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Integrating Tobacco Cessation Support Resources to Improve Patient Access

Texas Oral Health Coalition

Presented by Ashley LeMaistre, MPH

Patients are 66% more likely to successfully quit tobacco when healthcare providers actively intervene to connect them with FREE services. The UT Tobacco Research & Evaluation Team provides support to healthcare systems for the implementation of tobacco cessation support strategies, by referring patients who use tobacco and wish to quit, to the Texas Quitline. Referrals can be made by fax, app or through the electronic medical record using the eTobacco Protocol (electronic tobacco cessation referral protocol). When a patient is referred to the Quitline by a healthcare professional, the patient can receive up to 5 counseling sessions and approximately 2 weeks of nicotine replacement therapy if they are 18 or older. Services are confidential, HIPAA-compliant and free. Our team can provide assistance to healthcare systems, including clinics and health departments with an EMR/EHR, to help them explore and leverage any referral method that is appropriate for them, and especially for the eTobacco Protocol.

Learning Objectives:
  1.  Attendees will be able to describe the Ask Advise-Refer workflow.
  2. Attendees will be able to identify benefits of integrating the eTobacco protocol into an electronic medical record.
  3. Attendees will be able to summarize the process of utilizing the Quitline app.

ASHLEY LEMAISTRE, MPH

Ashley LeMaistreAshley is a Senior Outreach Program Coordinator for the Tobacco Research & Evaluation Team with the University of Texas at Austin, Kinesiology and Health Education Department. She works with healthcare systems across Texas to help integrate the electronic tobacco cessation referral tool (eTobacco protocol) into electronic medical records/electronic health records and connects them with the Texas Quitline. She also works on the Texas College Tobacco initiative, working with community/junior colleges and trade schools to incorporate Peers Against Tobacco programming on their campus. Ashley received her MPH from Texas A&M University, where she also worked on the Texas Youth Tobacco Awareness Program (TYTAP). She has extensive experience in tobacco policy work and chronic disease media campaigns at the local public health level. She has presented at numerous conferences and on several webinars regarding tobacco and co-authored several publications regarding tobacco prevalence and cessation.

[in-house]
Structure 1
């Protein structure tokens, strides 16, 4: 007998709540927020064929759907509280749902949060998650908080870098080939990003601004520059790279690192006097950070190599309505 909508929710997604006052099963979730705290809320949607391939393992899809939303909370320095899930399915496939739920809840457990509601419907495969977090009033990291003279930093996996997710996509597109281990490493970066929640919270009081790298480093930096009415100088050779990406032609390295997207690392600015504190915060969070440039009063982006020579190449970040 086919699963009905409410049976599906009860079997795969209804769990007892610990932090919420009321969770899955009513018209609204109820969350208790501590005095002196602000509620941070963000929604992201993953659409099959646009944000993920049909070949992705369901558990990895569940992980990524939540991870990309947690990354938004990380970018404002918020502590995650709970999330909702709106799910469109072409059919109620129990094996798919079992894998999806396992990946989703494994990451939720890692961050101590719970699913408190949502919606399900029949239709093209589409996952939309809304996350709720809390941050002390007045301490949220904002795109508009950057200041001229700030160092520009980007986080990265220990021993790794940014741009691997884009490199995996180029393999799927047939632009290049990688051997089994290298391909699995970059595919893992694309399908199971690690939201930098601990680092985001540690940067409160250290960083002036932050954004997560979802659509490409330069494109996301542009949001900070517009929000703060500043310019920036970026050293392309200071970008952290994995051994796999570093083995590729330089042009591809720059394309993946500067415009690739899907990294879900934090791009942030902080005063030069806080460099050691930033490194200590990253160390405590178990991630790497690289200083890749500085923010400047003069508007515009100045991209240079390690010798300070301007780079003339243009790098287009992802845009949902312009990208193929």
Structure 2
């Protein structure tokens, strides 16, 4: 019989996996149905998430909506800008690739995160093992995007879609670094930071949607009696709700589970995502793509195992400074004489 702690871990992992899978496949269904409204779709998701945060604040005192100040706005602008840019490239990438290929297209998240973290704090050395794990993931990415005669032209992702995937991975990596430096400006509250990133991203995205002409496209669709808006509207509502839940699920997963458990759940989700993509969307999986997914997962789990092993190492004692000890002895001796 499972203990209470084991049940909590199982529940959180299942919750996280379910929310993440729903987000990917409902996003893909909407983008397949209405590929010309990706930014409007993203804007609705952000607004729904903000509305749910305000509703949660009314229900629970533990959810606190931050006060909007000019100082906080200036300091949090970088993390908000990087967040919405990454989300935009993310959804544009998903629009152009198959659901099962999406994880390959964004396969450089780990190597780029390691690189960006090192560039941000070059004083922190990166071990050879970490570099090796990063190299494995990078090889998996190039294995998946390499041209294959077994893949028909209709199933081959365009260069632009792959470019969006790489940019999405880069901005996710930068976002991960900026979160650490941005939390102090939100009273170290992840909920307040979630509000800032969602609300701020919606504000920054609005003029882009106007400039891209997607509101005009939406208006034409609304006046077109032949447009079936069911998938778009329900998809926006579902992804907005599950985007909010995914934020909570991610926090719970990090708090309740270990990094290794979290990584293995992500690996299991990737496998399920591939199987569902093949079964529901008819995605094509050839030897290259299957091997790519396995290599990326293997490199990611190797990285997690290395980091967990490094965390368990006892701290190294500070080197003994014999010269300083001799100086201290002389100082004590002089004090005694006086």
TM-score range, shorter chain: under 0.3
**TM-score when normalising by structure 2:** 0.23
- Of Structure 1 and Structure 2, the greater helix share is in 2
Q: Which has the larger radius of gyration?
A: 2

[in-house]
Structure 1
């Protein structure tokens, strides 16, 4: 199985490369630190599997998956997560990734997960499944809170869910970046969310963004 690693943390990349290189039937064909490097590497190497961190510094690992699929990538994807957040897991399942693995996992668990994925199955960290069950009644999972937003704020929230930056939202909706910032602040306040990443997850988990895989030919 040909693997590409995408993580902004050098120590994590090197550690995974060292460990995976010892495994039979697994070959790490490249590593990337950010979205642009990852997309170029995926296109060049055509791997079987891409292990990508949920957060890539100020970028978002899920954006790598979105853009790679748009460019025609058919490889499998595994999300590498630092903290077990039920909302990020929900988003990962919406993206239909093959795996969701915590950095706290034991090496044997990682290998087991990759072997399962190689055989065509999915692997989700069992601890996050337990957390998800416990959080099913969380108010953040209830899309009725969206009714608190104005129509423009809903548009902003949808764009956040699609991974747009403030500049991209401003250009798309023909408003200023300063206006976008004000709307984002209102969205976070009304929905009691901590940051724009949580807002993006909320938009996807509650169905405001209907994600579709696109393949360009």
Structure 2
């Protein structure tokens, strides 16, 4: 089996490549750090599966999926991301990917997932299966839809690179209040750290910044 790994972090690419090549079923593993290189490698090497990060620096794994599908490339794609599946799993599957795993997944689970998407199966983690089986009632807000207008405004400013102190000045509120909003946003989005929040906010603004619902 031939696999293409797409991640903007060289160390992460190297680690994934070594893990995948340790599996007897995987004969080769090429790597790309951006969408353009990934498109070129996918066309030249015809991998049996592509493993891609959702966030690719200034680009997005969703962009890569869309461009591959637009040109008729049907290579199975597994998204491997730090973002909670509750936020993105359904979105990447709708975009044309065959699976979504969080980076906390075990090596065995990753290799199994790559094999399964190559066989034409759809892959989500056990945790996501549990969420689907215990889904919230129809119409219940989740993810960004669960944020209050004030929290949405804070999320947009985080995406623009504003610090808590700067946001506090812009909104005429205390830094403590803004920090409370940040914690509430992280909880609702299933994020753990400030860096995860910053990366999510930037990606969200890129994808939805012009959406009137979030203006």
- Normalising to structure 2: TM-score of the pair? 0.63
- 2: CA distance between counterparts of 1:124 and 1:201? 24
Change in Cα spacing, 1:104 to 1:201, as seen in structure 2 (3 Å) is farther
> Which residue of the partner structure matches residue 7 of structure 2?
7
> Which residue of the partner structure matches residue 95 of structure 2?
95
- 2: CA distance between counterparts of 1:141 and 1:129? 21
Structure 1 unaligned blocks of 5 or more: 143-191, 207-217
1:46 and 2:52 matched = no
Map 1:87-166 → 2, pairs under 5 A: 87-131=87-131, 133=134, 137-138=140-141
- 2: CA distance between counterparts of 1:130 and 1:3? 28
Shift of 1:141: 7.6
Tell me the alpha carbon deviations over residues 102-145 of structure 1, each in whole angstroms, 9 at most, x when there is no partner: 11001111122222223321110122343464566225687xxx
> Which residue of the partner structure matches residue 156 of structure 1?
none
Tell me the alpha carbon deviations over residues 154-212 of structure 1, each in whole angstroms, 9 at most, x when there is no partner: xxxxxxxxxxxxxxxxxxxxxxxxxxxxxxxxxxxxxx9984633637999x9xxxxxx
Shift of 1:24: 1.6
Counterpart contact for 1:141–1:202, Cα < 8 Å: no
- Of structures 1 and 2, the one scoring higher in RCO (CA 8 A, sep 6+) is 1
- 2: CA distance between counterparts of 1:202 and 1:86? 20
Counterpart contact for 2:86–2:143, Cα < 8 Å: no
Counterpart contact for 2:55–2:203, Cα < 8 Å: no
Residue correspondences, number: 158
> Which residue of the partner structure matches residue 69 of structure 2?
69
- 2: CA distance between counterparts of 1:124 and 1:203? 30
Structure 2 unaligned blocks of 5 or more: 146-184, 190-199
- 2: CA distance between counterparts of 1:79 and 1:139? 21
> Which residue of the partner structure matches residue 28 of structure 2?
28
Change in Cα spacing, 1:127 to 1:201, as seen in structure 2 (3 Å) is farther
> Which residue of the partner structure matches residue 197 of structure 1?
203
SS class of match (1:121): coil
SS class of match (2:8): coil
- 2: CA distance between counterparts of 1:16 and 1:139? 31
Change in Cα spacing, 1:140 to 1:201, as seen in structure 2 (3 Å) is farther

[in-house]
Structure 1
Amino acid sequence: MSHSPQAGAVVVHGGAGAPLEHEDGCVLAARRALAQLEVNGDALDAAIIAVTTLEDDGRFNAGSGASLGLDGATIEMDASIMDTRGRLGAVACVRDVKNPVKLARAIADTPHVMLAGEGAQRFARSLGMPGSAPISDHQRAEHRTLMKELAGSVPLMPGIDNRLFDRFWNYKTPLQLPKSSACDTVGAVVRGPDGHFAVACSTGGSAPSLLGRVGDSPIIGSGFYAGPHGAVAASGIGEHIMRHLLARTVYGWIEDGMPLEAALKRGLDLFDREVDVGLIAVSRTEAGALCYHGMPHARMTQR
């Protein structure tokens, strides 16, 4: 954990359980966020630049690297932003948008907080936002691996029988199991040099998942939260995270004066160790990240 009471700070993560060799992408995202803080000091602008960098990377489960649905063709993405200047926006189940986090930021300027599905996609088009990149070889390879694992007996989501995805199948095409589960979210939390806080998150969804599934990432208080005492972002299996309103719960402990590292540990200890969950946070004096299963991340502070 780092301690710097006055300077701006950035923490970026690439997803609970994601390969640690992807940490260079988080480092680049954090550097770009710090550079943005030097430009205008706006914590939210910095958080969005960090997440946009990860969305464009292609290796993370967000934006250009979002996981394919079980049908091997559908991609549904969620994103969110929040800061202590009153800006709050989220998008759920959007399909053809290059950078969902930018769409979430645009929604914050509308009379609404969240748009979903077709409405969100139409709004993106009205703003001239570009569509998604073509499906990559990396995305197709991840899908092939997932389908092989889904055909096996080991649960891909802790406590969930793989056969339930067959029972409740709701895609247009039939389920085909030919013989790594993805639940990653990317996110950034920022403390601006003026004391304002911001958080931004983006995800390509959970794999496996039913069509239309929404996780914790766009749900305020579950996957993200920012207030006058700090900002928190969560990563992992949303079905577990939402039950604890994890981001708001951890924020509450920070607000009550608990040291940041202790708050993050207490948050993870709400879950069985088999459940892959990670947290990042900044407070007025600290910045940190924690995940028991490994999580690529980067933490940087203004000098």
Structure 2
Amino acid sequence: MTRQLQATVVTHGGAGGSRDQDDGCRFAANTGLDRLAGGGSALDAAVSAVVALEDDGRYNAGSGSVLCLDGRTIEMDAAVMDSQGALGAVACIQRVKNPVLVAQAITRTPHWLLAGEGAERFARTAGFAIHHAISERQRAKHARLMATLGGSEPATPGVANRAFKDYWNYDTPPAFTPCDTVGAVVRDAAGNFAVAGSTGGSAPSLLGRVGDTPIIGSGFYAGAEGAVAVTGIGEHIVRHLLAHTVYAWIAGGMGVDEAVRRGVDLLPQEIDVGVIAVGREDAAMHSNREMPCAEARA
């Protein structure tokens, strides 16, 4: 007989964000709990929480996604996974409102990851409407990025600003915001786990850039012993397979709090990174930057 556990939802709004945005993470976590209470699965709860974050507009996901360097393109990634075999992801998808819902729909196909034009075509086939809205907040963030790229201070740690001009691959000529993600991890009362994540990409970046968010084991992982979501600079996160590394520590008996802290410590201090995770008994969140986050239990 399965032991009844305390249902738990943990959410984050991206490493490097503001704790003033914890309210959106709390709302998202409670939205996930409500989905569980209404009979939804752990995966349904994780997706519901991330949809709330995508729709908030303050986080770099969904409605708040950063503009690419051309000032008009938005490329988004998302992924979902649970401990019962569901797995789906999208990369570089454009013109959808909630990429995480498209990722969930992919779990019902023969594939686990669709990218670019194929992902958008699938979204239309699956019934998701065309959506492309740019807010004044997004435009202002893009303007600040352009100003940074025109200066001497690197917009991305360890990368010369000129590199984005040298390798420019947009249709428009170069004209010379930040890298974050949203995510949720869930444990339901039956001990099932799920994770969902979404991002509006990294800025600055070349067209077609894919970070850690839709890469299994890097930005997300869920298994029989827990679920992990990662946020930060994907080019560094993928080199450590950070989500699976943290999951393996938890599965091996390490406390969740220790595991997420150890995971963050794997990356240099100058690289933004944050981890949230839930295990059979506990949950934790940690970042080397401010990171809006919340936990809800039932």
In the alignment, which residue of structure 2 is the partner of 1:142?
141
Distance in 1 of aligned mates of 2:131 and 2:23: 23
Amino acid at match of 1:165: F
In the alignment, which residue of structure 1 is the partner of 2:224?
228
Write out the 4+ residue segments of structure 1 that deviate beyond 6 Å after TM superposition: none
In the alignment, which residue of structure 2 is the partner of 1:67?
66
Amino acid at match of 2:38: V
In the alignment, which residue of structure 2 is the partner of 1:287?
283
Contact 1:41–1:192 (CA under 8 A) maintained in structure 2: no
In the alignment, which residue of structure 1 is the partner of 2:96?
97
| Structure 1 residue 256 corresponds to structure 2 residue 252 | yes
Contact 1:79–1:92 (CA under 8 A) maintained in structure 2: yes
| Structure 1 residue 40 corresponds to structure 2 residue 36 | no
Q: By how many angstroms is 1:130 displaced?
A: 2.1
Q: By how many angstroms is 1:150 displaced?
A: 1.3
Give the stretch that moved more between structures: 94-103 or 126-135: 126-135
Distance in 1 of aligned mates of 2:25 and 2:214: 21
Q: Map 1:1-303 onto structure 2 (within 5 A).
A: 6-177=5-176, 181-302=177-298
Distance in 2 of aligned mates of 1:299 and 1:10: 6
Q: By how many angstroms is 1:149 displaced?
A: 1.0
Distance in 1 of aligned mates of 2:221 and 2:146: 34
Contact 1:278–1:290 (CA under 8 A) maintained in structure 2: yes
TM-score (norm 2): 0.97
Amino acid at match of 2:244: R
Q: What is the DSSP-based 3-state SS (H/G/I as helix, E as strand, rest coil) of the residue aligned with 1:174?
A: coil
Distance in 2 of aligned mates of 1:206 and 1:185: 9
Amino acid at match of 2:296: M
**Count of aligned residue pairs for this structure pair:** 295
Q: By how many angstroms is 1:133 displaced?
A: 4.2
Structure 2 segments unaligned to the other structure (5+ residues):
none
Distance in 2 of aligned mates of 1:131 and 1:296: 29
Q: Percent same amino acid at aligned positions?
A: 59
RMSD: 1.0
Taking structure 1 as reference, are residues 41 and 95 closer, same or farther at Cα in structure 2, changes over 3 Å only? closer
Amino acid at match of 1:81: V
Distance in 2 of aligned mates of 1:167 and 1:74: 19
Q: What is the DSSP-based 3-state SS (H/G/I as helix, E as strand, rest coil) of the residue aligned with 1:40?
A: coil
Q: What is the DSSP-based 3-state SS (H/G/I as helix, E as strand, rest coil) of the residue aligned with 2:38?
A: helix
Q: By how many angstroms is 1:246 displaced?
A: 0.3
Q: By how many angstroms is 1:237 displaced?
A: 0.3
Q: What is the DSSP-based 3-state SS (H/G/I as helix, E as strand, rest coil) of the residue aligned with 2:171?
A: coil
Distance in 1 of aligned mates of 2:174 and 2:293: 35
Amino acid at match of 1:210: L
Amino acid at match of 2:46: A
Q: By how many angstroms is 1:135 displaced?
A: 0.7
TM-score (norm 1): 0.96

Presenter Contact Information:
Ashley LeMaistre: ashley.lemaistre@austin.utexas.edu

Financial Disclosure

Ashley LeMaistre, MPH disclosed that they have grant funding from the Texas Department of State Health Services to work with healthcare entities to integrate the eTobacco protocol with a direct referral to the State’s Texas Quitline. All services are free to patients, and our team’s technical assistance is also at no cost.

Credit hours: 1.0 CEU 

Teaching Method: Self-Instructional (recorded live webinar lecture)

Cost: Free
Edification and continuing dental education is complimentary to all attendees.


AGD Subject Code:158 – Tobacco Cessation

Date of Original Presentation: February 9, 2024
Date Released: February 28, 2024
Date of Expiration: March 1, 2025

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Presentation Resources
Presenter Slides
Resources:
References from slides
  • American Cancer Society. Health Benefits of Quitting Smoking Over Time. https://www.cancer.org/cancer/risk-prevention/tobacco/benefits-of-quittingsmoking-over-time.html
  • American Lung Association. Billing Guide for Tobacco Screening and Cessation. https://www.lung.org/getmedia/08ed3536-6bab-48a6-a4e4-e6dbccaea024/billing-guide-for-tobacco-1.pdf.
  • Bryan Gibson, Heidi Kramer, Charlene Weir, Guilherme Fiol, Damian Borbolla, Chelsey R Schlechter, Cho Lam, Marci Nelson, Claudia Bohner, Sandra Schulthies, Tracey Sieperas, Alan Pruhs, Inbal Nahum-Shani, Maria E Fernandez, David W Wetter, Workflow analysis for design of an electronic health
    record-based tobacco cessation intervention in community health centers, JAMIA Open, Volume 4, Issue 3, July 2021, ooaa070,
    https://doi.org/10.1093/jamiaopen/ooaa070
  • Campaign for Tobacco Free Kids. The Toll of Tobacco in Texas, 2022. www.tobaccofreekids.org/problem/toll-us/texas.
  • Centers for Disease Control and Prevention. Oral Health Surveillance Report: Trends in Dental Caries and Sealants, Tooth Retention, and Edentulism,
    United States, 1999–2004 to 2011–2016. Atlanta, GA: Centers for Disease Control and Prevention, US Dept of Health and Human Services; 2019.
  • Centers for Disease Control and Prevention. Public Health Image Library: https://phil.cdc.gov/.